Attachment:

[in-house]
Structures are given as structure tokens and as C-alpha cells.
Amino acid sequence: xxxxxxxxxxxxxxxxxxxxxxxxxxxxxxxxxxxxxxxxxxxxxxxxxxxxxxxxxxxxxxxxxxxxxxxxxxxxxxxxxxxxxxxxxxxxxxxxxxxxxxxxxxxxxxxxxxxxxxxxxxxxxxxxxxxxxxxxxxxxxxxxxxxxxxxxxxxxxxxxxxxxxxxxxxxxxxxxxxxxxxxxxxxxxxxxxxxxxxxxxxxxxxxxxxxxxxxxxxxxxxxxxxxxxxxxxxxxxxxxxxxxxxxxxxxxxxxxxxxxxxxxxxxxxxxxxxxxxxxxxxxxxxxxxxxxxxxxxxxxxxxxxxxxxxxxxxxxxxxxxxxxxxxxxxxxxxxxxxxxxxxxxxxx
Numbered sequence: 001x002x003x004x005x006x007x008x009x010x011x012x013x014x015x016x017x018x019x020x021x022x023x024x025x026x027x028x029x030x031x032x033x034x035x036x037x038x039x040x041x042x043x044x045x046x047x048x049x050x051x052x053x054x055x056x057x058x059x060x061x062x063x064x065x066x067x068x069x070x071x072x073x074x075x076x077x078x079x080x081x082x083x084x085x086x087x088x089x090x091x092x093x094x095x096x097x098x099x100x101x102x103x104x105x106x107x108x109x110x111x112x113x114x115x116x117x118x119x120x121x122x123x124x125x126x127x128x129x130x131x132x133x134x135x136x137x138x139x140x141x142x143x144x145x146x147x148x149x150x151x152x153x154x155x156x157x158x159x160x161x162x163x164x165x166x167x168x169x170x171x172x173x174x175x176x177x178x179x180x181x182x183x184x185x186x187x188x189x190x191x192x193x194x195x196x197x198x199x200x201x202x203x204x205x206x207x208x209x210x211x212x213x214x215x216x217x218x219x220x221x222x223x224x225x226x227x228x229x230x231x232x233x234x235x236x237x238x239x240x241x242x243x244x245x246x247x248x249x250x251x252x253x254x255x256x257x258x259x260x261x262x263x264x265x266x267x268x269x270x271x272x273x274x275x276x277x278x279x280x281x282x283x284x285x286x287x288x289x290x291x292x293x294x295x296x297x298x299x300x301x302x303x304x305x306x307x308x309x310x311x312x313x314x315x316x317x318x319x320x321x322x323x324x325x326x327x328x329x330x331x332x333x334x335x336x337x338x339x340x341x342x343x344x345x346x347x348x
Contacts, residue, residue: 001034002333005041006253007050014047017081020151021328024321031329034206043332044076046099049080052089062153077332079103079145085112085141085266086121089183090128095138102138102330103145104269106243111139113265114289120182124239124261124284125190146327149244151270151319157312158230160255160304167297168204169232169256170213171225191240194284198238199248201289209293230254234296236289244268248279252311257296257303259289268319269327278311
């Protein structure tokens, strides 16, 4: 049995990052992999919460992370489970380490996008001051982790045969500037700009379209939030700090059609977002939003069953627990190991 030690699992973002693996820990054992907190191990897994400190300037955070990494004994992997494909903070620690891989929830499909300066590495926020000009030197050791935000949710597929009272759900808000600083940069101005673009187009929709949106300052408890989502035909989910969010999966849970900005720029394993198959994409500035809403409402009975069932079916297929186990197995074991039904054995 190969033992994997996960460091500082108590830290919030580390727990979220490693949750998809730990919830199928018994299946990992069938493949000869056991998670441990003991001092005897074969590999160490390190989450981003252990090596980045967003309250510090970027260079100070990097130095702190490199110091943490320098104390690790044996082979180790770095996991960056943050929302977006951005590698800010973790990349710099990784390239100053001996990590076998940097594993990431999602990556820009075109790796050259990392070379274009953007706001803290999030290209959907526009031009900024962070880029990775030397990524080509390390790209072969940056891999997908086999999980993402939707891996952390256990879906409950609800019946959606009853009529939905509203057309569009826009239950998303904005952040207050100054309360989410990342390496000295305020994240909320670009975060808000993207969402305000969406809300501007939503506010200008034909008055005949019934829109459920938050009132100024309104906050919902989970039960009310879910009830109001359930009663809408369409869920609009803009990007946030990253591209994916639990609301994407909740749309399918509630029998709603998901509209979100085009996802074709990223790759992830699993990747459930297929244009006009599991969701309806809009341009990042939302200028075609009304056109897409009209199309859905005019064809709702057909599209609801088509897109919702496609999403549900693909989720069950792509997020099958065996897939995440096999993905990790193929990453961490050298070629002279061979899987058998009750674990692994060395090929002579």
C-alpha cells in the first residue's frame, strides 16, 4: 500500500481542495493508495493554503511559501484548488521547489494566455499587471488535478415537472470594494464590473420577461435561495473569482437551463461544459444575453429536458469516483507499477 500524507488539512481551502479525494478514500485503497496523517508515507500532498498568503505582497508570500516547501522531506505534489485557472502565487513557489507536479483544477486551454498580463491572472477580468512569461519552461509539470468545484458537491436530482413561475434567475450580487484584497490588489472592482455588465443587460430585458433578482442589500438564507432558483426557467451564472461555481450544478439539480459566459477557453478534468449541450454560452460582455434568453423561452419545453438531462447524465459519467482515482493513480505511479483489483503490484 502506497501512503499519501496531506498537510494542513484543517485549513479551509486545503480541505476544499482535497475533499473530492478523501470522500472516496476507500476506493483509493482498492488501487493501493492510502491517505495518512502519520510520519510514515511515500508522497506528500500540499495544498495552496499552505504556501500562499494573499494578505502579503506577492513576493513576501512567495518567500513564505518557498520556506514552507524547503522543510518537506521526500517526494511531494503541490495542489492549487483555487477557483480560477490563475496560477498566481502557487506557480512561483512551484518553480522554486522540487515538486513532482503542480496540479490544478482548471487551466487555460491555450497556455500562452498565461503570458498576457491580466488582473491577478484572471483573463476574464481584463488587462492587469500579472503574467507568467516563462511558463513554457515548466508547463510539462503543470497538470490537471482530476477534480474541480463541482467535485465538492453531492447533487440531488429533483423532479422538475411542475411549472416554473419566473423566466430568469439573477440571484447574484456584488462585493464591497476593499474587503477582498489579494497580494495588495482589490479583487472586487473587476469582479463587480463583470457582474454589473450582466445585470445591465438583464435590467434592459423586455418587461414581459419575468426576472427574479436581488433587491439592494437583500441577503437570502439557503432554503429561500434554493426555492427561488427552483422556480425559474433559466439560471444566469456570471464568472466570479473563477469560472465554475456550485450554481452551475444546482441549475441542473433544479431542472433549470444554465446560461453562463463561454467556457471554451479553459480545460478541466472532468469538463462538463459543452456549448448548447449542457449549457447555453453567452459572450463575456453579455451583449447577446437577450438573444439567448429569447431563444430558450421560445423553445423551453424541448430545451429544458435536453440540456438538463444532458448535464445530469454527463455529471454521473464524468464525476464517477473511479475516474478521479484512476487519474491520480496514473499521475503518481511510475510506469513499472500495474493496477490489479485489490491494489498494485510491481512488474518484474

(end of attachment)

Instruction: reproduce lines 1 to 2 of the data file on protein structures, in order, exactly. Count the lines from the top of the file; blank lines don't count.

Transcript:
[in-house]
Structures are given as structure tokens and as C-alpha cells.